The Milwaukee Brewers have reached an agreement with free-agent outfielder Andrew McCutchen, according to Daniel Álvarez-Montes of El Extrabase. Terms of the deal were not immediately released.
McCutchen, 35, spent the past three seasons with the Philadelphia Phillies. He batted .238/.343/.444 (109 OPS+) with 47 home runs over that span, including last season, when he hit .222/.334/.444 (109 OPS+) with 27 homers in 144 games. McCutchen's below-average defense dragged down his overall value, however, with Baseball Reference estimating he had been worth just 3.1 Wins Above Replacement.
In addition to McCutchen's age and limited avenue of providing value, another factor that likely steered teams away from him was his recent platoon history. Over the past two seasons, he's posted a sub-.700 OPS against right-handed pitchers. That combination of negatives led CBS Sports to forecast him having a chilly market. To McCutchen's credit, he has been a more reliable factor against left-handed pitching. Since 2019, he's posted a slash line of .291/.407/.567 when blessed with the platoon advantage.
It stands to reason the Brewers could employ McCutchen as their designated hitter given they already have three viable outfielders, in Christian Yelich, Lorenzo Cain and Hunter Renfroe. Cain and Renfroe are both right-handed hitters, meaning there's no platoon arrangement to be found on the grass involving McCutchen. (The Brewers are also expected to carry Tyrone Taylor, another right-handed outfielder, as part of their bench.)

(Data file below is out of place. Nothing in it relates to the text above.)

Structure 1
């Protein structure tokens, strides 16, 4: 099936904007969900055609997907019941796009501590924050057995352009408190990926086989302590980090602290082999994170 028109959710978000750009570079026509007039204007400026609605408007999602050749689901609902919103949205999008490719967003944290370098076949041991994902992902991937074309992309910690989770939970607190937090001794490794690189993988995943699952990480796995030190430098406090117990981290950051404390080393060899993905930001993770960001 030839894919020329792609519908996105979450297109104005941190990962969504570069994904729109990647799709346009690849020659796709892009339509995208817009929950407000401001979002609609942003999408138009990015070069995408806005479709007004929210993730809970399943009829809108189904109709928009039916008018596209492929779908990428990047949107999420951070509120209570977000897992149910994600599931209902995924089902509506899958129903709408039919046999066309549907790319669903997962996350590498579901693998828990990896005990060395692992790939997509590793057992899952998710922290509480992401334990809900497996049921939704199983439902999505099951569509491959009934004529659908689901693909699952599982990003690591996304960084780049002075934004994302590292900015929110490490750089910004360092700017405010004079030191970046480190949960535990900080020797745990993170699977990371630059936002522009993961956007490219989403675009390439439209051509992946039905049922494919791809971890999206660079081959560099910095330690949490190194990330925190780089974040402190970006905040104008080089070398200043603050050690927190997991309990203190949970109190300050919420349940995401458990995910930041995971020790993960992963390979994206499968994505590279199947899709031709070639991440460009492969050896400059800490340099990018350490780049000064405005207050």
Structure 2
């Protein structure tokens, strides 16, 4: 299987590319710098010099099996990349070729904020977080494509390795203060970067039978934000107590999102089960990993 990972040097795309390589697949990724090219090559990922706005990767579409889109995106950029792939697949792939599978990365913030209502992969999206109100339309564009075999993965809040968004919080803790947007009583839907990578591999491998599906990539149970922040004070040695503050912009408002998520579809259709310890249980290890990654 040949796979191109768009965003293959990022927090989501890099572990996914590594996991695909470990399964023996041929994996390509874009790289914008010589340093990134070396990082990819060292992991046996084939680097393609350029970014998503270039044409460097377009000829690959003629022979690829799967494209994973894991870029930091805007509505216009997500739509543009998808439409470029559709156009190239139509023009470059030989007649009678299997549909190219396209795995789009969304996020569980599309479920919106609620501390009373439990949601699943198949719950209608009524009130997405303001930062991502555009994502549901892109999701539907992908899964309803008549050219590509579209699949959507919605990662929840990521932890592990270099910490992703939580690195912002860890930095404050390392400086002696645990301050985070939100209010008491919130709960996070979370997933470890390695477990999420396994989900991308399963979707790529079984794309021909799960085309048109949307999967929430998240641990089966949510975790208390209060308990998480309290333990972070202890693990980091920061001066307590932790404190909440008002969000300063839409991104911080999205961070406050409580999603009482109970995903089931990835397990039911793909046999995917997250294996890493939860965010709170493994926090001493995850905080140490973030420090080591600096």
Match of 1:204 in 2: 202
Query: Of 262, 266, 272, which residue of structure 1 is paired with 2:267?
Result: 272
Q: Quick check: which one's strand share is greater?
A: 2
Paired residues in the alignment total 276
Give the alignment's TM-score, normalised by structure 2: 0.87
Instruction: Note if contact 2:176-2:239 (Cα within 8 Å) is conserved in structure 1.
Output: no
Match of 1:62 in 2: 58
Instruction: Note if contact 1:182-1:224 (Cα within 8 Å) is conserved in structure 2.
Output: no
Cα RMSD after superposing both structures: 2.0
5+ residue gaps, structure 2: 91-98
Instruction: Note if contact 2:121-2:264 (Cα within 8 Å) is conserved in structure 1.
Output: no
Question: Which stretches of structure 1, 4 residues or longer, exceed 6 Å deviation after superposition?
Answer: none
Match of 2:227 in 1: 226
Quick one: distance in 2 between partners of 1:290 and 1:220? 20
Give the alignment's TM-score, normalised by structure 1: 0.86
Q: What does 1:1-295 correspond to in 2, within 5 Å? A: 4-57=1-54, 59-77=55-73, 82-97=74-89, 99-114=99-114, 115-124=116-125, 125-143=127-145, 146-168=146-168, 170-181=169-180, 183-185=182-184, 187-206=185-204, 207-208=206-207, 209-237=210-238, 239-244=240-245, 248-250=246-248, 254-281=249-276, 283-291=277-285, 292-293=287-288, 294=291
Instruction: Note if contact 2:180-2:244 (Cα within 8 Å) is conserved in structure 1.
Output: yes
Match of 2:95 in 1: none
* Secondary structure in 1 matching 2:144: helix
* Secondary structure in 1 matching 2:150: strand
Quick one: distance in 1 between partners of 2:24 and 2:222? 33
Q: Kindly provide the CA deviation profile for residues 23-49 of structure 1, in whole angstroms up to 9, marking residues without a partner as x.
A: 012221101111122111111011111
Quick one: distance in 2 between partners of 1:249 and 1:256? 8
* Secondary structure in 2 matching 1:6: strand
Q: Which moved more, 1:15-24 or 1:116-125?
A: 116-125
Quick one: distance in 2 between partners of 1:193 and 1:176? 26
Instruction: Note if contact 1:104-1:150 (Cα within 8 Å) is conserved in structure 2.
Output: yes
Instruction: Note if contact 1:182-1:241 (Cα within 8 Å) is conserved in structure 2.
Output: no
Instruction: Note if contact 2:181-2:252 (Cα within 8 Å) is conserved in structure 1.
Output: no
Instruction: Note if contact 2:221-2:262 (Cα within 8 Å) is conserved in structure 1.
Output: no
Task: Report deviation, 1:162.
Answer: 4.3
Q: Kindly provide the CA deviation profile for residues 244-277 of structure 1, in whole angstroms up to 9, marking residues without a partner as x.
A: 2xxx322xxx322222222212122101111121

McCutchen is the fourth addition the Brewers have made to their position player crop this offseason, alongside the aforementioned Renfroe (acquired in a trade with the Red Sox that sent Jackie Bradley Jr. and prospects back to Boston), reserve infielder Mike Brosseau, and backup catcher Pedro Severino.
McCutchen originally became a free agent after the Phillies declined a club option that would have paid him $15 million next season. Instead, the Phillies paid him a buyout of $3 million, saving $12 million in the process.